Fuel levy stuffs govt coffers, but bleeds motorists dry

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Motorists who have long suspected that the taxman has increasingly been using fuel levies as a way to increase overall tax revenue are correct.

Although how much the public pays at the pump is largely down to the vagaries of the value of the rand to the dollar, as well as the ups and downs of international oil prices, the government has not been shy to use the fuel levy as a way to boost its coffers.

This can be seen in revenue from the fuel levy shooting up from R24.48 billion in the 2008-09 financial year to more than treble at R75.37 billion for the 2018-19 period.

By comparison, the total amount of tax collected has only doubled from R616.99 billion to R1.28 trillion over the same period.

This means that R1.77 out of every litre of petrol bought, which included the fuel levy, Road Accident Fund and customs and excise, went to the taxman, 10 years ago. In this financial year, this figure has risen to about R5.73 a litre.

Hard-pressed motorists are set to contribute even more with income coming from the fuel levy projected to rise to over R82.9 billion for the 2019-20 financial year.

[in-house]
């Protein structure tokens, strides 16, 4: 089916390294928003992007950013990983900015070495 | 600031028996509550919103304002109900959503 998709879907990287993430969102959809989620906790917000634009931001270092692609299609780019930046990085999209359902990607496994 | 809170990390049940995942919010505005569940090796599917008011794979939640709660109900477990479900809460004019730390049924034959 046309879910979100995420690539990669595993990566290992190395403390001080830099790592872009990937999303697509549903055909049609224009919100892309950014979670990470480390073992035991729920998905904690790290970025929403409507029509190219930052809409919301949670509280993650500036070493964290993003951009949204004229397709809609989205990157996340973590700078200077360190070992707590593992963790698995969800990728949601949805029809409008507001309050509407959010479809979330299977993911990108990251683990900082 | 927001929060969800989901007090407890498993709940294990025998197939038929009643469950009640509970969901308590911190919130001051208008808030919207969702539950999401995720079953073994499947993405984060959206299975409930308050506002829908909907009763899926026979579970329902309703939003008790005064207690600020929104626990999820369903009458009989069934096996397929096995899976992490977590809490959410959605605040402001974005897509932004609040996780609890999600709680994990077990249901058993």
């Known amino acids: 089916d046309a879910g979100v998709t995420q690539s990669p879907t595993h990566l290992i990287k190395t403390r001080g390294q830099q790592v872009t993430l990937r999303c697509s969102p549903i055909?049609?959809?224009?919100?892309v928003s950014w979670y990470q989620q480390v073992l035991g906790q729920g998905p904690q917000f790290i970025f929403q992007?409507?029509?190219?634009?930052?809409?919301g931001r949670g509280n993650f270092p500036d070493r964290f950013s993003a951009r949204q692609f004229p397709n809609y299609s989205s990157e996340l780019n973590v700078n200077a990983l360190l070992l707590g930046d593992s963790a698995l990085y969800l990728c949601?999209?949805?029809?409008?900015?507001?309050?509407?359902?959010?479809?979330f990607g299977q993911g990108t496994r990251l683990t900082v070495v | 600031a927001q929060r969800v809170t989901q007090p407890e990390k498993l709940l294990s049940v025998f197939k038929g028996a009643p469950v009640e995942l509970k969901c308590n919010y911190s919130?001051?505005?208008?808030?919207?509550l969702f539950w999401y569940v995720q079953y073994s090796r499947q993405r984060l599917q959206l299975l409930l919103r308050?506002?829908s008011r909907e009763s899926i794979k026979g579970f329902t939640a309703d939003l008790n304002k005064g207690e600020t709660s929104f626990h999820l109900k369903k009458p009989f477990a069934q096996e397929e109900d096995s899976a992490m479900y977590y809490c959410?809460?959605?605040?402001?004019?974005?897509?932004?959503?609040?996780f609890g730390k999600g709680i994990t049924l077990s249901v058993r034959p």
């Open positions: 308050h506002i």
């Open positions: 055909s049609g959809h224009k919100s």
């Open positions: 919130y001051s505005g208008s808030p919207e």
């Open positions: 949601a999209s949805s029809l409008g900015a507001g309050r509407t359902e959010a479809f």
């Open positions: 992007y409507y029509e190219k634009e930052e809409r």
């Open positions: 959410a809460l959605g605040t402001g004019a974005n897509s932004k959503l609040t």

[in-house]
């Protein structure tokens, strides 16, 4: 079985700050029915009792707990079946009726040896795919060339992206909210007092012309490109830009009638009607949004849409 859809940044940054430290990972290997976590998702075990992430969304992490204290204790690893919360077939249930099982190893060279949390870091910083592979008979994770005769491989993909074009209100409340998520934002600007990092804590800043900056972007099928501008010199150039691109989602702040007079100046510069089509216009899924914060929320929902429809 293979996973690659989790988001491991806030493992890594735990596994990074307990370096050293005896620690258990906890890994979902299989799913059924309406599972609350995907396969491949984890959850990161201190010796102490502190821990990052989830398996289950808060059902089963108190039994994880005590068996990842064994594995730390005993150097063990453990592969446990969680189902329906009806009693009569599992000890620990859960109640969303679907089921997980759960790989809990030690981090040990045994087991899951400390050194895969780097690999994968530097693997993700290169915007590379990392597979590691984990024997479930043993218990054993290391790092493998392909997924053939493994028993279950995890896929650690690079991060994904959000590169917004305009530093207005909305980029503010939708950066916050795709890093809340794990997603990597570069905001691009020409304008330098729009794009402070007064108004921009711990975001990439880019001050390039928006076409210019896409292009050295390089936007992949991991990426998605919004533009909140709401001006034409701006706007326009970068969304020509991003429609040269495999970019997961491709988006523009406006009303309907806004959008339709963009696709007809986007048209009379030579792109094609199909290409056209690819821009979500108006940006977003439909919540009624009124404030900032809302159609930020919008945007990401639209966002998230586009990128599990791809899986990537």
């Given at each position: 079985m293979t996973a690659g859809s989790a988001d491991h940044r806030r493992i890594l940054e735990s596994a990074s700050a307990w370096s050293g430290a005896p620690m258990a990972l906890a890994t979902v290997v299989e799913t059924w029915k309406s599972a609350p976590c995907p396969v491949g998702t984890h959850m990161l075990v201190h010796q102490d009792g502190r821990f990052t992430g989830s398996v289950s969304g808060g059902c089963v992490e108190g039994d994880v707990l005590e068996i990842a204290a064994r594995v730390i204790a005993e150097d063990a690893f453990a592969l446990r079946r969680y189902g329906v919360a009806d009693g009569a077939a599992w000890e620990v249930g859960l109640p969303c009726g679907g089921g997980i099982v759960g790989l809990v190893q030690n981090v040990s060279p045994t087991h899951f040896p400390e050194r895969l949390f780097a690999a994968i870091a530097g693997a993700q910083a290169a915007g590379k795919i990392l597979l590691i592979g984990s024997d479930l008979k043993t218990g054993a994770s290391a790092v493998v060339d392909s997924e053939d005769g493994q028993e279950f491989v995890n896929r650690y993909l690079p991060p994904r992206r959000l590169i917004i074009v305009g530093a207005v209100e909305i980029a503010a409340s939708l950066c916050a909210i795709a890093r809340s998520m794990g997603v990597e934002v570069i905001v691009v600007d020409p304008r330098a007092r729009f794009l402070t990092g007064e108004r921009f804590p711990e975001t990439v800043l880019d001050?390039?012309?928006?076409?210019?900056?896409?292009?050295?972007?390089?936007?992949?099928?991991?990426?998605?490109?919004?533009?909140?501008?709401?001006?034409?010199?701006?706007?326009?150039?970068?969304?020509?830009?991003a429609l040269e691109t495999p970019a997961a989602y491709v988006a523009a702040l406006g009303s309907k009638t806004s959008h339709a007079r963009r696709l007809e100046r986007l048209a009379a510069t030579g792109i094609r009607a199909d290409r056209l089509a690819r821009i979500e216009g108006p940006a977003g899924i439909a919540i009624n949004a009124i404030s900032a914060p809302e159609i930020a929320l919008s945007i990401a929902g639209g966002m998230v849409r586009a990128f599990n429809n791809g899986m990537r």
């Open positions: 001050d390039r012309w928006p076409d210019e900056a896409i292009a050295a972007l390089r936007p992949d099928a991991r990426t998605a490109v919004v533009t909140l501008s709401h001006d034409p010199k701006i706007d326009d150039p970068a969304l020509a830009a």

Taxes as a percentage of the total price of petrol and diesel has been tracking higher over the past decade.

This can be seen in the percentage of taxes on 93 octane petrol on the total price, 23.7%, and that for diesel was 22.1% in 2008-09. These figures are set to respectively rise to 40.6% and 41.8% in the coming financial year.

The signing into law the 2019 Carbon Tax Act, which is meant to lower emissions, is also expected to increase the price of fuel in the country.

The government showed some sense that it had taken a bit more than it should have earlier this year when president Cyril Ramaphosa reduced an expected increase. It didn’t last, as the weakening rand and rising global oil prices eventually forced it to push up local prices.

Rising fuel costs, higher interest rates and lower than inflation wage increases have all put hard-pressed consumers under pressure over the past few years.

The person on the street, however, has received some respite as the petrol prices were cut by 96c to R15.61 a litre at the beginning of the month.

Motorists, however, are not bearing the fuel levy evenly.

The tax on diesel has been disproportionally higher than that on petrol, as the government has been pushing through higher increases on diesel for the past five years.

It should be noted that as diesel, unlike petrol, is unregulated, consumers can shop around for lower prices. Diesel is also sold at a lower price per litre than petrol and is more fuel efficient.

Even so, payments look likely to thin out the wallets of motorists for some time to come.

– Moneyweb/Larry Claasen